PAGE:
I’m excited to participate in the Juneteenth Cookout Takeover! This initiative was created to celebrate Juneteenth, amplify almost 70 amazing Black culinary creatives, and showcase their unique and innovative recipes. My offering for this celebration is a black-eyed pea salad dressed in a tahini vinaigrette, with crisp cucumbers, the nuttiness of fonio, and filled with vibrant colorful vegetables. For me, this is an edible celebration of Black joy, resilience, resistance, and summertime. But before we jump into this feast for your eyes, let’s talk a little about Juneteenth.
What is Juneteenth?
Juneteenth is a merge of the words/date June Nineteenth which marks the date in 1865 that the last enslaved people learned of their freedom.
Over 150 years since, Black American families, home-cooks, chefs, and culinarians have commemorated the summer holiday with a wide range of food traditions that tell a story of innovation and perseverance.
While Juneteenth commemorates the last enslaved people learning of their freedom, the movement for racial equity, respect, and dignity for Black lives still continues. Please take a moment to look at these educational resources:
- Movement for Black Lives
- Podcast with Ibram X. Kendi on how to be an anti-racist
- White Fragility by Robin Diangelo
- The Case for Reparations by Ta-Nehisi Coates
- Reports from the Equal Justice Initiative about the history of structural racism in America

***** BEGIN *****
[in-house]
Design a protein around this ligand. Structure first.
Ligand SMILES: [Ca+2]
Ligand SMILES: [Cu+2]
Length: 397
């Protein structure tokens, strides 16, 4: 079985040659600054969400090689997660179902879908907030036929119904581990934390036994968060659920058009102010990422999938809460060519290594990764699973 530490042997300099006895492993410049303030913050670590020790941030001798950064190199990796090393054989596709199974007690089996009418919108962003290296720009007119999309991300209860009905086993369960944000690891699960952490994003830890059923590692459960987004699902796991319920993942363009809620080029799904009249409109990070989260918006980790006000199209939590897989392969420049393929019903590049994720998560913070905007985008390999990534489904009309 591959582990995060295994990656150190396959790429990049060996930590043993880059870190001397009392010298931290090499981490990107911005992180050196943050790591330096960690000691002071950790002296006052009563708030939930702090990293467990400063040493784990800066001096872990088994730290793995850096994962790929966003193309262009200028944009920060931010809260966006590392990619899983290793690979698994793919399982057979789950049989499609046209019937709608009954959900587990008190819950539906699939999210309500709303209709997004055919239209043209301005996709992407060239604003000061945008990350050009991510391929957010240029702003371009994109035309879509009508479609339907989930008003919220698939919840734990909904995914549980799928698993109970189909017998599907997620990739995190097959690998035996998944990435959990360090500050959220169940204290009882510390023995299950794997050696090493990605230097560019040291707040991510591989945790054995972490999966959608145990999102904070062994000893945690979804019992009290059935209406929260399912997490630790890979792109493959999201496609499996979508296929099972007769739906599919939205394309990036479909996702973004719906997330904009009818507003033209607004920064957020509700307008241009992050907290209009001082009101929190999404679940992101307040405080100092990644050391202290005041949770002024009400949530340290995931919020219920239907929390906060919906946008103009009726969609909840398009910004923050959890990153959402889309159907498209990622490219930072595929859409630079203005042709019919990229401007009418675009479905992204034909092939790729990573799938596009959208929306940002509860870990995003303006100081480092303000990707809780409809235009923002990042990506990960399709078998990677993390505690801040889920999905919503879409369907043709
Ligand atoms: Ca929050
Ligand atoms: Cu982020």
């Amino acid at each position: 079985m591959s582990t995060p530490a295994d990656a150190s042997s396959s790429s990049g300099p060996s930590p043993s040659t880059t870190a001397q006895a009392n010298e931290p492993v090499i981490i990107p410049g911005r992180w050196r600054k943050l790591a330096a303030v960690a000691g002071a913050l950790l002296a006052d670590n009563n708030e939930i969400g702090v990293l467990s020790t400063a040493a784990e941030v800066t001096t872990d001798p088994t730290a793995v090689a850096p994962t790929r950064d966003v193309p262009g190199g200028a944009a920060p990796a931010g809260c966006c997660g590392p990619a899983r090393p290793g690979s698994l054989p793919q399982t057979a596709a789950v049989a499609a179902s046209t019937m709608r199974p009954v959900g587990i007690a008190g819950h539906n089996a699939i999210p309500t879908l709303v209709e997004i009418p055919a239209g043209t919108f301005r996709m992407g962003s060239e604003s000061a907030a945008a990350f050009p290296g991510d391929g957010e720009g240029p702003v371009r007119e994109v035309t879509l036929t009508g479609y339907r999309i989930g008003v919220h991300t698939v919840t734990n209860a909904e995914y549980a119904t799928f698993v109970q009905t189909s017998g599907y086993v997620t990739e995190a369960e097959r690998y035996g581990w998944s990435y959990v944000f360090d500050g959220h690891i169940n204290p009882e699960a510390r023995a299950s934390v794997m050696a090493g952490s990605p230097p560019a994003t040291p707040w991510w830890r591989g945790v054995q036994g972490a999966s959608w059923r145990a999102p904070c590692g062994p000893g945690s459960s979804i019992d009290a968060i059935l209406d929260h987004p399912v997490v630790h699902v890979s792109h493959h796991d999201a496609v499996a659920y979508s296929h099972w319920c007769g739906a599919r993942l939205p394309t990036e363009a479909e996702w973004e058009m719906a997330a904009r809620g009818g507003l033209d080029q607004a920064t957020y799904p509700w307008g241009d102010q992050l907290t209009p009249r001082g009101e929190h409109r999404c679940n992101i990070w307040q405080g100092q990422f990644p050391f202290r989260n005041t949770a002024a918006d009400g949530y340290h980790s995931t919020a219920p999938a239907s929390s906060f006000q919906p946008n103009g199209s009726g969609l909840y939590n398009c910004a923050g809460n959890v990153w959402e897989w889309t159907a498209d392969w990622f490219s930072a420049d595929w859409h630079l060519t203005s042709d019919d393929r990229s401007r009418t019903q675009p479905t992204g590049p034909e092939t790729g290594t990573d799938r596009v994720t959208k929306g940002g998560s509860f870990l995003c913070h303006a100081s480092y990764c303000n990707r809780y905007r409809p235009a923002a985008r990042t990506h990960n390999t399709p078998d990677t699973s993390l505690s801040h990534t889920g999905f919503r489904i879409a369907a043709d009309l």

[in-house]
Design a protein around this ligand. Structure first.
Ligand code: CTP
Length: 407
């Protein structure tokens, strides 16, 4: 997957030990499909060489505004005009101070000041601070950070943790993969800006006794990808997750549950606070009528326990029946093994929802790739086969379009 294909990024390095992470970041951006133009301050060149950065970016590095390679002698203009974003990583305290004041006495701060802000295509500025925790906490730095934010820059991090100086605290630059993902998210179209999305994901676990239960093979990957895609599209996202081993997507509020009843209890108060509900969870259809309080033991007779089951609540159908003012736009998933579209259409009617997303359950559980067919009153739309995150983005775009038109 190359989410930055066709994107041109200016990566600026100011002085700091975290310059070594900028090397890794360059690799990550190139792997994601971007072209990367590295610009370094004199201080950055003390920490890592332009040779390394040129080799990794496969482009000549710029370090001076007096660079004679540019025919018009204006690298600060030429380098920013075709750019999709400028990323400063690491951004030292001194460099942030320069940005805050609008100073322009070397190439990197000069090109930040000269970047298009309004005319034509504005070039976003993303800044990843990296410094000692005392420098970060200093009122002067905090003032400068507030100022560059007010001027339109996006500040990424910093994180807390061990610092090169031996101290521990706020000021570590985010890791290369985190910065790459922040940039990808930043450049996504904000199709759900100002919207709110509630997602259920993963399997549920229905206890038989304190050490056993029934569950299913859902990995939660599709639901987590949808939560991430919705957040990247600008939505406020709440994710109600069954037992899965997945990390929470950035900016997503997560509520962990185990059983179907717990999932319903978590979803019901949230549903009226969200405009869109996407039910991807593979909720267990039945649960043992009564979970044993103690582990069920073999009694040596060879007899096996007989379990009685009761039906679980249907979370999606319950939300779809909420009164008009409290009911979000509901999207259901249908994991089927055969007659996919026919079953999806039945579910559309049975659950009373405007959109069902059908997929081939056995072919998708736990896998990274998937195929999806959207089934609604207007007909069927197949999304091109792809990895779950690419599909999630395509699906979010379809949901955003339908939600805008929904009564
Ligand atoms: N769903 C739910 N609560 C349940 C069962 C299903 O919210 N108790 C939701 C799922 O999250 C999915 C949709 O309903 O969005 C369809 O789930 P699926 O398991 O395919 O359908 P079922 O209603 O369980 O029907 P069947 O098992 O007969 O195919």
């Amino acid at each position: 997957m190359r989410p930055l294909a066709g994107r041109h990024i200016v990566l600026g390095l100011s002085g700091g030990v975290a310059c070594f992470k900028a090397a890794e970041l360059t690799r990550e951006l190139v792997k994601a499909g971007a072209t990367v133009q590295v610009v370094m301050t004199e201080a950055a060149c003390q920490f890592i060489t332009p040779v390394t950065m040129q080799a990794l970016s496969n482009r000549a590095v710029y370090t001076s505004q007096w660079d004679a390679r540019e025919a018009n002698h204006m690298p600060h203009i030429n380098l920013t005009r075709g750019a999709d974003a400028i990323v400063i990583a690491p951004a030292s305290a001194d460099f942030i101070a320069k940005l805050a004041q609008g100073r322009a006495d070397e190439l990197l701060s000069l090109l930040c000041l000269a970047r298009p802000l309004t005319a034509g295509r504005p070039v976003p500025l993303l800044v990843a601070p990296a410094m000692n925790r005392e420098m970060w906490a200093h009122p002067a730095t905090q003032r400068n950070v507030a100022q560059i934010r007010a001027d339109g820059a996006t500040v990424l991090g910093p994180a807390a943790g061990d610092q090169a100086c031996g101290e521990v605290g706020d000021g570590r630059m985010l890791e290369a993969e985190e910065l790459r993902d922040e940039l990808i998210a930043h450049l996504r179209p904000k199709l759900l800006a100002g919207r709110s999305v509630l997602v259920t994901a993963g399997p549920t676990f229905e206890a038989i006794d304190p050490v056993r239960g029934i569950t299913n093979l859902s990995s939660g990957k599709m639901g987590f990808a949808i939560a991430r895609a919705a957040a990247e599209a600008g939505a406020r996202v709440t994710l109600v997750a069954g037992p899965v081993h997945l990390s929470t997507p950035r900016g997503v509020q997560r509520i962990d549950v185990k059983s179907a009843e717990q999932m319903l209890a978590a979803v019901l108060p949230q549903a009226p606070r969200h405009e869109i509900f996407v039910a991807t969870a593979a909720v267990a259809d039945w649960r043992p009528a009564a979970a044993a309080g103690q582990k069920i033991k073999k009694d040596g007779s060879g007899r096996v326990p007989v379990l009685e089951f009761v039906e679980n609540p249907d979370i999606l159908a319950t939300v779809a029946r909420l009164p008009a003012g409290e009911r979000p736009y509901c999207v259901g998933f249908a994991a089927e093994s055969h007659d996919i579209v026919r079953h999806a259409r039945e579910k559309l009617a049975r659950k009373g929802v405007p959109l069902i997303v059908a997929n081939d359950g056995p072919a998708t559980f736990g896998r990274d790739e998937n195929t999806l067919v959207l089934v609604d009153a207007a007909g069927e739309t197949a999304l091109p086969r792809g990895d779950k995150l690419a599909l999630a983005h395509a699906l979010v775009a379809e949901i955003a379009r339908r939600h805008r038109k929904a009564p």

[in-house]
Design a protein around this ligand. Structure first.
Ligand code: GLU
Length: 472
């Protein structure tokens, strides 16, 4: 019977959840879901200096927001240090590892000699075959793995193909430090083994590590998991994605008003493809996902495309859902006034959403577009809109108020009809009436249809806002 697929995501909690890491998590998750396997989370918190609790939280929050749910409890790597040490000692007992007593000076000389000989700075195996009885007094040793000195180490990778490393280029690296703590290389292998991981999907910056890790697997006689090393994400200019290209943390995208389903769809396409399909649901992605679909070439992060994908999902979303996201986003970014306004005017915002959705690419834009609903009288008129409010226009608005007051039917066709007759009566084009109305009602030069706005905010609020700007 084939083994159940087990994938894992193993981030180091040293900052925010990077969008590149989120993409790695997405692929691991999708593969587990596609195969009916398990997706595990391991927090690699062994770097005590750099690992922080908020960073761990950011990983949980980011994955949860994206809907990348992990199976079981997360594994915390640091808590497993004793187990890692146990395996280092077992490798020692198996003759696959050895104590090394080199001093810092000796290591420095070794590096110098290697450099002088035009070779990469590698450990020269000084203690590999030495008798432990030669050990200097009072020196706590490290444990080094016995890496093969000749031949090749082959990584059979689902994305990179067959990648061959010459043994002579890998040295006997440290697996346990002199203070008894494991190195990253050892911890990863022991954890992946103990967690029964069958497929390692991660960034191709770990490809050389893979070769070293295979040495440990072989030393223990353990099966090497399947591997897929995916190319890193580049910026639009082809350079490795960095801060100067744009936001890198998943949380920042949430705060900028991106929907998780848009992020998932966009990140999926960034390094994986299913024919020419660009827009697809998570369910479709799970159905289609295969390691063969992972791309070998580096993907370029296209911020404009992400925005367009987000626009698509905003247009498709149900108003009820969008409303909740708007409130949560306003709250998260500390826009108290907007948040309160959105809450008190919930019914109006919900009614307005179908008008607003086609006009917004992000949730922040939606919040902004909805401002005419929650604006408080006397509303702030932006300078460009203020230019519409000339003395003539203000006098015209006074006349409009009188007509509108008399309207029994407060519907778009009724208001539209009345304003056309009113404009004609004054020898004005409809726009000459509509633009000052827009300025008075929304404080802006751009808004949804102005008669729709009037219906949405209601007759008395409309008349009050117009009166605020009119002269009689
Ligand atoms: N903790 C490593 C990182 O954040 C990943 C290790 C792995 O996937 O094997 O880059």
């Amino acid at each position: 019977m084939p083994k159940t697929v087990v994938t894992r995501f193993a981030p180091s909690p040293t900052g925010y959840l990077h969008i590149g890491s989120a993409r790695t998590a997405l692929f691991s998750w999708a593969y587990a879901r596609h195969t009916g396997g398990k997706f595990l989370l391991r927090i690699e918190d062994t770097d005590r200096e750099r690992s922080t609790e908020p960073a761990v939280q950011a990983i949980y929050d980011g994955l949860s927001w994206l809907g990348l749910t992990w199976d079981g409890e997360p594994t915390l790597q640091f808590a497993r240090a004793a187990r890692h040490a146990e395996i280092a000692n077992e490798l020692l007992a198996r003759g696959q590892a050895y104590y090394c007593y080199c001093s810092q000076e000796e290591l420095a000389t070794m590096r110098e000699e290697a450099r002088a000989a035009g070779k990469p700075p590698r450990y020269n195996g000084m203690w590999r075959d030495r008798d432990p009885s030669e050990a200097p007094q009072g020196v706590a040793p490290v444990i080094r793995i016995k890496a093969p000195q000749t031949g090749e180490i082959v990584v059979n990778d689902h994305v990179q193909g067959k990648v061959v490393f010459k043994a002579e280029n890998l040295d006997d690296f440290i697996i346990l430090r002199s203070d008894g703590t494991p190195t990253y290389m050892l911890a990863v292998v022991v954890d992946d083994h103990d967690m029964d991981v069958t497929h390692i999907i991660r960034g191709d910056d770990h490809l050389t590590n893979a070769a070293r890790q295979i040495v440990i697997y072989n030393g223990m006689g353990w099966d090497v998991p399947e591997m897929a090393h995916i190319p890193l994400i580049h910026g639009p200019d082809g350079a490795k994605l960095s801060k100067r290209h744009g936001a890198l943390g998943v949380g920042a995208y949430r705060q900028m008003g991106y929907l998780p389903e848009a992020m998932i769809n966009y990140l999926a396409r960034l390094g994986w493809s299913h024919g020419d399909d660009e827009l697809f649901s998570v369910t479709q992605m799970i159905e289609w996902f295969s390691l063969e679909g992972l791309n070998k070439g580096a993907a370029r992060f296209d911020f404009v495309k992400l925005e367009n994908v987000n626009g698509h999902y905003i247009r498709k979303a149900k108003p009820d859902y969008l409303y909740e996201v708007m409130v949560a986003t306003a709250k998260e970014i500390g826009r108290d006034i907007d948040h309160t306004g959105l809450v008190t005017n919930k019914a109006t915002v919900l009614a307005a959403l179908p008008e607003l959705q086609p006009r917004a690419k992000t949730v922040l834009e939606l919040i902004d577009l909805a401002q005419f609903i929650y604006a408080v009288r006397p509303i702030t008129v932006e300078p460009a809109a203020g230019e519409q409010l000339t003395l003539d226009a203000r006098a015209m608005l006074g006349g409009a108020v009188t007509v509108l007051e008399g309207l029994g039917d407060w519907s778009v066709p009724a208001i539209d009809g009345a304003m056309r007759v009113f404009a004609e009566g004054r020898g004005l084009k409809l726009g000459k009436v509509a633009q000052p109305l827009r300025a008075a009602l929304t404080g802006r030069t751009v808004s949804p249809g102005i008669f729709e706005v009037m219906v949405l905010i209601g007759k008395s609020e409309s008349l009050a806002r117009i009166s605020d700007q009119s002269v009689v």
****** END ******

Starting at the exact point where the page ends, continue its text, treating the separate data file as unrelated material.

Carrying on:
Black-Eye Peas: A Staple in Soulful Cooking
Blackeyed peas have been a culinary staple in Black cooking for centuries. Black-eyed peas are native to Africa and an essential ingredient to many dishes across the continent. Enslaved Africans brought the pea over with them and it became a staple in Black American cooking.
This little legume, sometimes referred to as cowpeas, is rich in potassium, iron, fiber, and protein; it is believed to bring good luck and fortune; and it is very versatile and can be cooked many different ways from my salad to a more traditional southern style like My Fabulous Food’s black eye peas with smoked turkey, to That Green Lyfe’s Ghania style Red Red Stew with plantains. Whether you’re eating black-eyed peas for good luck or a regular weeknight meal, it will always be a soulful addition to your dinner.
Are You Ready To Cook?
Food is a huge component in celebrating Juneteenth which was the premise for this Takeover. After you make my Black-Eyed Pea Salad, be sure to check out these soulful culinary creatives and their flavorful recipes to round out your Juneteenth meal!
BLACK-EYED PEA SALAD with TAHINI VINAIGRETTE
2 15.5- ounce cans black-eyed peas, rinsed and drained (or 3 cups home-cooked peas)
⅓ cup red bell pepper diced
⅓ cup red onion, diced
¼ cup green onion
1 small jalapeño, seeded and finely chopped
½ cup English cucumber, large diced (about ½ of a medium cucumber)
Cherry tomatoes, halved (about a handful + a little more)
½ cup fonio or quinoa, cooked & cooled-follow directions on the package (optional)
¼ cup flat-leaf parsley, chopped
¼ cup olive oil
½ cup rice vinegar
1 tablespoon tahini
1 clove garlic, minced
1 teaspoon of honey, agave or maple syrup, more to taste
¼ teaspoon paprika
Pinch of salt & pepper
1-2 tablespoons cold water, to thin if needed
1. Combine black-eyed peas, bell pepper, cucumber, red onion, green onion, jalapeño, tomatoes, half of the parsley, and fonio/quinoa in a large bowl. Gently toss.
2. Combine oil, vinegar, tahini, garlic, honey, paprika, salt, and pepper in a small bowl. Whisk well and add water to thin if needed. Taste and add more honey if needed.
3. Pour vinaigrette over black-eyed pea mixture and stir well. Taste and add more salt or pepper, if needed. Refrigerate at least 1 hour for flavors to meld. Garnish with remaining parsley just before serving.
4. Serve chilled or at room temperature.